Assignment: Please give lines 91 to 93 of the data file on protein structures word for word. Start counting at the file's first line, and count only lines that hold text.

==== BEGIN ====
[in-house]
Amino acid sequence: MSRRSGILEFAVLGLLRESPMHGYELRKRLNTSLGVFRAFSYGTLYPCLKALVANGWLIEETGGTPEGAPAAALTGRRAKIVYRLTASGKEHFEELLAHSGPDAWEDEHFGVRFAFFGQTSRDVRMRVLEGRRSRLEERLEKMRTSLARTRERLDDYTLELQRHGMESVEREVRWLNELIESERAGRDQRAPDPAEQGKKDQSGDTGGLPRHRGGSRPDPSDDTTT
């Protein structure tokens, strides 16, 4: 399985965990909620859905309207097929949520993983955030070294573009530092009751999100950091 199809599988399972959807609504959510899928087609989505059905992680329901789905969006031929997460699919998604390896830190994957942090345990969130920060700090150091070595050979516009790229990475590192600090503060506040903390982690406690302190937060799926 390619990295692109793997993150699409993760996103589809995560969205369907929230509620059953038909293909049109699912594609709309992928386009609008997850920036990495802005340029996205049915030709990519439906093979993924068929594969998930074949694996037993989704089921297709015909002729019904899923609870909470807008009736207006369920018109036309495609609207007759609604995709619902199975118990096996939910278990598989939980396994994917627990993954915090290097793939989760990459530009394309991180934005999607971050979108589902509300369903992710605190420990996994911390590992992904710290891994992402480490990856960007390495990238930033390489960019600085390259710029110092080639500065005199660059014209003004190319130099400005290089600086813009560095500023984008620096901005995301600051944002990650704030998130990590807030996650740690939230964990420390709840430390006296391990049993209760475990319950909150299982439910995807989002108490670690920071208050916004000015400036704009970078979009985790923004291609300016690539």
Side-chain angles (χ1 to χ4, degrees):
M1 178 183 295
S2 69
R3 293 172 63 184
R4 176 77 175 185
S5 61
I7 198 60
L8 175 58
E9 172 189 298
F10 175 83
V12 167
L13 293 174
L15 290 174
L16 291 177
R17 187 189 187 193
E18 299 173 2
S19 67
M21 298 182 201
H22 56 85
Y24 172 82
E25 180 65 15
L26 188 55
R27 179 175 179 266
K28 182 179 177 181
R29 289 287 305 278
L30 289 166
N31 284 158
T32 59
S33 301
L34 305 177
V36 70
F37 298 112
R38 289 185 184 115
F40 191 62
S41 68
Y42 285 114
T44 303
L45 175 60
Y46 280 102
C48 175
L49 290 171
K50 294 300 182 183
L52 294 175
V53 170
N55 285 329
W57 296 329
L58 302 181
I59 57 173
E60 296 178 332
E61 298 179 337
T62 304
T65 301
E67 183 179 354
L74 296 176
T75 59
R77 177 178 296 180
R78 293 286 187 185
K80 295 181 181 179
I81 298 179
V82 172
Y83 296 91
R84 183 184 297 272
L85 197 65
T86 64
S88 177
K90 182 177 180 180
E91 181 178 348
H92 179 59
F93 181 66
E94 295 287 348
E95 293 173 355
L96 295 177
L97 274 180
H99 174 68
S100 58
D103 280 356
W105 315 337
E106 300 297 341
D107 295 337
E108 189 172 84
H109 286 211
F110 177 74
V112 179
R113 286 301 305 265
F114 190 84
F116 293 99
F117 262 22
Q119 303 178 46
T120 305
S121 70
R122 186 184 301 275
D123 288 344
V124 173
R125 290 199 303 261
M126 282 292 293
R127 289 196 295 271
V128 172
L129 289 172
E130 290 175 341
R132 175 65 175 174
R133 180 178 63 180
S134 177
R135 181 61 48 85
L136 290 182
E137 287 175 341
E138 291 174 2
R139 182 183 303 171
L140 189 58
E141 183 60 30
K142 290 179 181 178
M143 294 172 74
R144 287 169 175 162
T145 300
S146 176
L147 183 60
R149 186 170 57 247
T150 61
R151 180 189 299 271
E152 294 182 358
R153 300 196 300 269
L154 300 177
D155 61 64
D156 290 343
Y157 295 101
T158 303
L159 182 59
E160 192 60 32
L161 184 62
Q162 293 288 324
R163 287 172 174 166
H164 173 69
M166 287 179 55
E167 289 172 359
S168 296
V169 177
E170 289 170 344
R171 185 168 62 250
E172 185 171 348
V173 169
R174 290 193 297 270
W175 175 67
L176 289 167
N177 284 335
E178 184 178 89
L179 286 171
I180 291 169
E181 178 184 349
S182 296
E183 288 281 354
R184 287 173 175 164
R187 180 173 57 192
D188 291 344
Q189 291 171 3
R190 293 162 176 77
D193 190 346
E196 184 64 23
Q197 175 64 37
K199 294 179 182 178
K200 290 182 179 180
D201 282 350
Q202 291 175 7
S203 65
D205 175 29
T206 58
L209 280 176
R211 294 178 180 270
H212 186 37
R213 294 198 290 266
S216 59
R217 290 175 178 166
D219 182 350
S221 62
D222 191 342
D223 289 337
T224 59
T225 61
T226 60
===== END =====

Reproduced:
Q119 303 178 46
T120 305
S121 70